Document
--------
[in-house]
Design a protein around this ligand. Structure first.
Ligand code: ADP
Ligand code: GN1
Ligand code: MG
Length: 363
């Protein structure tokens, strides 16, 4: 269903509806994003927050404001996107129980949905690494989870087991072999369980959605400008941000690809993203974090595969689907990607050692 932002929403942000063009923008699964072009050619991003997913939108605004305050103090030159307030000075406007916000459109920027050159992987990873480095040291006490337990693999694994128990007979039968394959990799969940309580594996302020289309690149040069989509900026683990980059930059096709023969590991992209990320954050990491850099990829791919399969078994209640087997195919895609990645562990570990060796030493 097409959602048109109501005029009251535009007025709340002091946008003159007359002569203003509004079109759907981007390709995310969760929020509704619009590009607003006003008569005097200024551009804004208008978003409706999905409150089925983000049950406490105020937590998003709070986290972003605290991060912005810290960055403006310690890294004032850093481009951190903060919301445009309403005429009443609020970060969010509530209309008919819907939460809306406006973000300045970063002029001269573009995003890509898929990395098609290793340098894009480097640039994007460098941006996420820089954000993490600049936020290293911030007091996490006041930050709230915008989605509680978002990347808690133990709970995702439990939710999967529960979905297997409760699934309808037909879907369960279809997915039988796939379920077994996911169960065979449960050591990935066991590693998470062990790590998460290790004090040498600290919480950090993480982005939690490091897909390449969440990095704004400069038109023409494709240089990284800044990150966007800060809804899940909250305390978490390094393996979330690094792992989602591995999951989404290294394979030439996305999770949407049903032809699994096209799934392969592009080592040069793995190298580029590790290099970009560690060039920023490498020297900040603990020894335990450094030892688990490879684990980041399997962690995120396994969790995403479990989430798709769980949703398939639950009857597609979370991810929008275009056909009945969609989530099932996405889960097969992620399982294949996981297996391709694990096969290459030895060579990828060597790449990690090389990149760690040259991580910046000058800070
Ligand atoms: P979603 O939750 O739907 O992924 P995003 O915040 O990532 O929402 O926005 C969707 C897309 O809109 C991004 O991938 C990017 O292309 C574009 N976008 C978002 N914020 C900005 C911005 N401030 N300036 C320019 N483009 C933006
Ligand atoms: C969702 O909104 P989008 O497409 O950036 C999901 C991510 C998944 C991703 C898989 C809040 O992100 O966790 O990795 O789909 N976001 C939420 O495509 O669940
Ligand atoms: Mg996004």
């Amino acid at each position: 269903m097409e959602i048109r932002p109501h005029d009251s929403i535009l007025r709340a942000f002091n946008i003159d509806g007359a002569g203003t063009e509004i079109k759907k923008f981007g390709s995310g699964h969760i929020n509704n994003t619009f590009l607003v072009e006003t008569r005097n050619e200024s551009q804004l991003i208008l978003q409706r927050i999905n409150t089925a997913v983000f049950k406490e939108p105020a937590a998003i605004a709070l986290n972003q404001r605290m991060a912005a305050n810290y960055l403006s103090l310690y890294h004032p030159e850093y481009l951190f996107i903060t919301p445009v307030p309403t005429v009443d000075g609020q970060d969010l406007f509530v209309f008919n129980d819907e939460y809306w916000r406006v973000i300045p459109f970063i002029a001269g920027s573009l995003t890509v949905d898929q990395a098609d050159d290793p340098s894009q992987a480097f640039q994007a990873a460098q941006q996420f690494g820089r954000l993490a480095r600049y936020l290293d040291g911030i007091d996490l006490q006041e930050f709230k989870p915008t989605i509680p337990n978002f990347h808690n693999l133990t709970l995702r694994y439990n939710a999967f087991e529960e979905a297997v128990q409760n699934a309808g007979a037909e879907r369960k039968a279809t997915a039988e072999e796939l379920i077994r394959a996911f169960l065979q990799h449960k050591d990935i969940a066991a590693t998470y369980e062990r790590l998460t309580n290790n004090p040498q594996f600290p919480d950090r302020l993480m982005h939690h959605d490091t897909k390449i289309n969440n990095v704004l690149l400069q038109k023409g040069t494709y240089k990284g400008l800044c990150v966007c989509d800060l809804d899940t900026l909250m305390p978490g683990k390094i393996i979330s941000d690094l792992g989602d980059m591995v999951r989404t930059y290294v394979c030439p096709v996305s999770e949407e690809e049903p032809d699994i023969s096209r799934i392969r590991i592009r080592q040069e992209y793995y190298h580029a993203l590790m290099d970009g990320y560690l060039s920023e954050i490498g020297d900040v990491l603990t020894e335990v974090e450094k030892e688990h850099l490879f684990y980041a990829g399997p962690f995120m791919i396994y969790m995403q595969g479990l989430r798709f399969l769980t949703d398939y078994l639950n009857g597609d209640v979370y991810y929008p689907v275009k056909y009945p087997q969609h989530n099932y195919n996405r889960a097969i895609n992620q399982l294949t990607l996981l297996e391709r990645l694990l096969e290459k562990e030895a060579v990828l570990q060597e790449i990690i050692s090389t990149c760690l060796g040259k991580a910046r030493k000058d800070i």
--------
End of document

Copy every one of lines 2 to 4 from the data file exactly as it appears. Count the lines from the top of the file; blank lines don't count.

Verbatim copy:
Design a protein around this ligand. Structure first.
Ligand code: ADP
Ligand code: GN1